Activities Number Duration (Hours) Workload
Course Hours
Including exam week: 16 x total hours
16
3
48
Laboratory / Application Hours
Including exam week: 16 x total hours
16
Study Hours Out of Class
16
3
Field Work
Quizzes / Studio Critiques
Homework / Assignments
Presentation / Jury
Project
Seminar / Workshop
Portfolios
Midterms / Oral Exams
2
15
Final / Oral Exam
1
24
    Total
150

 

COURSE LEARNING OUTCOMES AND PROGRAM QUALIFICATIONS RELATIONSHIP

#
Program Qualifications / Outcomes
* Level of Contribution
1
2
3
4
5
1 To be able to critically discuss and interpret the theories, concepts and ideas that form the basis of media and communication discipline. X
2 To have the fundamental knowledge and ability to use the technical equipment and software programs required by the mediaproduction process.
3 To be able to use the acquired theoretical knowledge in practice.
4 To be able to critically interpret theoretical debates concerning the relations between the forms, agents, and factors that play a role in the field of media and communication. X
5 To be able to critically discuss and draw on theories, concepts and ideas that form the basis of other disciplines complementing the field of media and communication studies. X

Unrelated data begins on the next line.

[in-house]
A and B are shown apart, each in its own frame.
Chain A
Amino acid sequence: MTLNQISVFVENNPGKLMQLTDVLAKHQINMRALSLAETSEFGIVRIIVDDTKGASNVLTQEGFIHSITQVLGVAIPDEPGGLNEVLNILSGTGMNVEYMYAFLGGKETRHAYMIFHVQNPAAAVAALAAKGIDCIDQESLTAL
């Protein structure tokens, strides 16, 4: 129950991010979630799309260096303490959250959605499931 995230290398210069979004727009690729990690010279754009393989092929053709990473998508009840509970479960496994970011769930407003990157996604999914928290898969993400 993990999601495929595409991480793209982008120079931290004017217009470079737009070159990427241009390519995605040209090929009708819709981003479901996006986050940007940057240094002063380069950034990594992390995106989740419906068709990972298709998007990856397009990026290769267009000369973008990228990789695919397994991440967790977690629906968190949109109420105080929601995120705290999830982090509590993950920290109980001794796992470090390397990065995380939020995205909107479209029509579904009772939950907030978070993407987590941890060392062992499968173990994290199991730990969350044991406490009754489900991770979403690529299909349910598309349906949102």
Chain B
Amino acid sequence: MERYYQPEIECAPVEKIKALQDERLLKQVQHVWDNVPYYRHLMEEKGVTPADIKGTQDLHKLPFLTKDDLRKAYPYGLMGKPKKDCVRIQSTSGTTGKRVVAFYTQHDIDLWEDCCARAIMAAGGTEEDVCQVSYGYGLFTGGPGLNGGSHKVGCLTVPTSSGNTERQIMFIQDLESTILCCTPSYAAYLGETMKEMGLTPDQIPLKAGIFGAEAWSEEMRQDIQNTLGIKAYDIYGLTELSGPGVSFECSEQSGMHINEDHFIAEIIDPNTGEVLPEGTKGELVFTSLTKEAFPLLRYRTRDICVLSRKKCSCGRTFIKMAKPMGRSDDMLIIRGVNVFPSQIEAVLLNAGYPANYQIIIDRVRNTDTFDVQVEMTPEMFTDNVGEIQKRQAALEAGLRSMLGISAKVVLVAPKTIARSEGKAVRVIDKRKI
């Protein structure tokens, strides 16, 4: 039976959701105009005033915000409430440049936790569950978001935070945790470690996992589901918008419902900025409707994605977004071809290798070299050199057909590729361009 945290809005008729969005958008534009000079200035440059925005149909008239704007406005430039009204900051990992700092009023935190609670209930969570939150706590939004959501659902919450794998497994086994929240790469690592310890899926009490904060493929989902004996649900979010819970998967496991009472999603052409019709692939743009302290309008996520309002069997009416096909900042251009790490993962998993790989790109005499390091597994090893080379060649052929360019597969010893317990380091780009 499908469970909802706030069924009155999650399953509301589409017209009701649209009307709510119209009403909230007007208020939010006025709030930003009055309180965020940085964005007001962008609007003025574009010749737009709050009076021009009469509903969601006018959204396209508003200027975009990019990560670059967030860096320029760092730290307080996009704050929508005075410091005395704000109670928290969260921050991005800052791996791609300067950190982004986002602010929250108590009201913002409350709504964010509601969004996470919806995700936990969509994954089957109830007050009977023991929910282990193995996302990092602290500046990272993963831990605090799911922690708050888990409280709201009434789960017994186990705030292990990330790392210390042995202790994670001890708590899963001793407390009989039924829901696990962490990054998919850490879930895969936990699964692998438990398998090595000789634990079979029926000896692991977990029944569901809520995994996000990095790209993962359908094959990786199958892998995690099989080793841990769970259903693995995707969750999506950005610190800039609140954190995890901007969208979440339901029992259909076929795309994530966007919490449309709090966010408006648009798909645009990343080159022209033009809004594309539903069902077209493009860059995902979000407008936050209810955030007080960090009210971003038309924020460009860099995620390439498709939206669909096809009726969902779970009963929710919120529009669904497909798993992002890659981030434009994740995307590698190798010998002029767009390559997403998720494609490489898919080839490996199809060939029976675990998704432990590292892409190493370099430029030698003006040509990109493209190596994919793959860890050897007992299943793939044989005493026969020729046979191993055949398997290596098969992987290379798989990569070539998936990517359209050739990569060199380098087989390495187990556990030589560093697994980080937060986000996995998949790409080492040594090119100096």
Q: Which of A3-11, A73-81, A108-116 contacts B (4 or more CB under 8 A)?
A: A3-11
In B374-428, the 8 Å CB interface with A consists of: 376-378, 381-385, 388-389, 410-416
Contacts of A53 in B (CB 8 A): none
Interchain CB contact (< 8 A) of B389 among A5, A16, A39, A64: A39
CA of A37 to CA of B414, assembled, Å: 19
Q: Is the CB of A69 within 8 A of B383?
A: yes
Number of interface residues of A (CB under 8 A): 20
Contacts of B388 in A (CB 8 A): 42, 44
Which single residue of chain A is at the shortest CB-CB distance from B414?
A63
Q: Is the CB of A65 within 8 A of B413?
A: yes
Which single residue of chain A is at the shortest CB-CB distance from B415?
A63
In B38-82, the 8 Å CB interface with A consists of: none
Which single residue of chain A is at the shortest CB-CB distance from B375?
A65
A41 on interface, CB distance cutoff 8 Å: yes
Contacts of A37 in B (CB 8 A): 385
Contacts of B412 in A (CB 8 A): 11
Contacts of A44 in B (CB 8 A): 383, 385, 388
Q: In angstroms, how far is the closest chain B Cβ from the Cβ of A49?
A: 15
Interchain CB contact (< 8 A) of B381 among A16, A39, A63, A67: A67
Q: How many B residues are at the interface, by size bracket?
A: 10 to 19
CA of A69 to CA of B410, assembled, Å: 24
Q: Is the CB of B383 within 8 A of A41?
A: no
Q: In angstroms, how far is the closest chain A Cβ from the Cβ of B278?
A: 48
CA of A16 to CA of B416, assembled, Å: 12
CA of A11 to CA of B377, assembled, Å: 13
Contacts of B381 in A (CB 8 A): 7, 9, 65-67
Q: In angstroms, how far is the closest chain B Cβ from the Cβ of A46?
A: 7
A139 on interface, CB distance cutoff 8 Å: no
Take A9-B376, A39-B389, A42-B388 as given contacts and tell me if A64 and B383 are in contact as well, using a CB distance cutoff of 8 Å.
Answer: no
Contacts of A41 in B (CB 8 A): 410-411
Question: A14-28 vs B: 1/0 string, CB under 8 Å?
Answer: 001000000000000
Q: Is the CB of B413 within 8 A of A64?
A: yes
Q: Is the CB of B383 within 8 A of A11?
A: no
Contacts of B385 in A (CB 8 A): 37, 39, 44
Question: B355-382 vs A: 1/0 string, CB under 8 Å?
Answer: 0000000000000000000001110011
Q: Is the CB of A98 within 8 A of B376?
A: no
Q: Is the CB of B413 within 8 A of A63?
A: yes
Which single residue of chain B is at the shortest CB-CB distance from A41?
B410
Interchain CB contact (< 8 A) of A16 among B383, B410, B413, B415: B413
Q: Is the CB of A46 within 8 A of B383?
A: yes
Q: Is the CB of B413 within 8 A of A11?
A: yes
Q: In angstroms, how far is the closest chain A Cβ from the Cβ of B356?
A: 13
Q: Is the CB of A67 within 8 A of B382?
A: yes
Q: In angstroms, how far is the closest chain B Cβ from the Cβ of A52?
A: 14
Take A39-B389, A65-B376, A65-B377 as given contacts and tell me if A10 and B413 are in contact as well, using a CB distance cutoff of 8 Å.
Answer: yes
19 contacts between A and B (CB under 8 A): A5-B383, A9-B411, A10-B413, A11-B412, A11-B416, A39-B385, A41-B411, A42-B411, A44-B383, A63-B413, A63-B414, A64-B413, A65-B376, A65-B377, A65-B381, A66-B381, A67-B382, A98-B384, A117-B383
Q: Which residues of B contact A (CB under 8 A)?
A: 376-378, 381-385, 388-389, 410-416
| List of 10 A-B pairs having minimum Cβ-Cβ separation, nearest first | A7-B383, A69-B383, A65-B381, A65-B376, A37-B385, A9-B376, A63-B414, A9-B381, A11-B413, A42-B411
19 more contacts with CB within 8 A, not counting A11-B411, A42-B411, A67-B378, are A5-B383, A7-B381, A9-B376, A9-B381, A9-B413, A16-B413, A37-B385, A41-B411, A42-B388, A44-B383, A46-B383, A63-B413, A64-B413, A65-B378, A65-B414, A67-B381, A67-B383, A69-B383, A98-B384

6 To be informed about national, regional, and global issues and problems; to be able to generate problemsolving methods depending on the quality of evidence and research, and to acquire the ability to report those methods to the public. X
7 To be able to gather, scrutinize and use with scientific methods the necessary data to for the processes of production and distribution. X
8 To be able to use and develop the acquired knowledge and skills in a lifelong process towards personal and social goals. X
9 To be able to follow developments in new technologies of media and communication, as well as new methods of production, new media industries, and new theories; and to be able to communicate with international colleagues in a foreign language. (“European Language Portfolio Global Scale,” Level B1)
10 To be able to use a second foreign language at the intermediate level.
11 To be able to use computer software required by the discipline and to possess advancedlevel computing and IT skills. (“European Computer Driving Licence”, Advanced Level)

*1 Lowest, 2 Low, 3 Average, 4 High, 5 Highest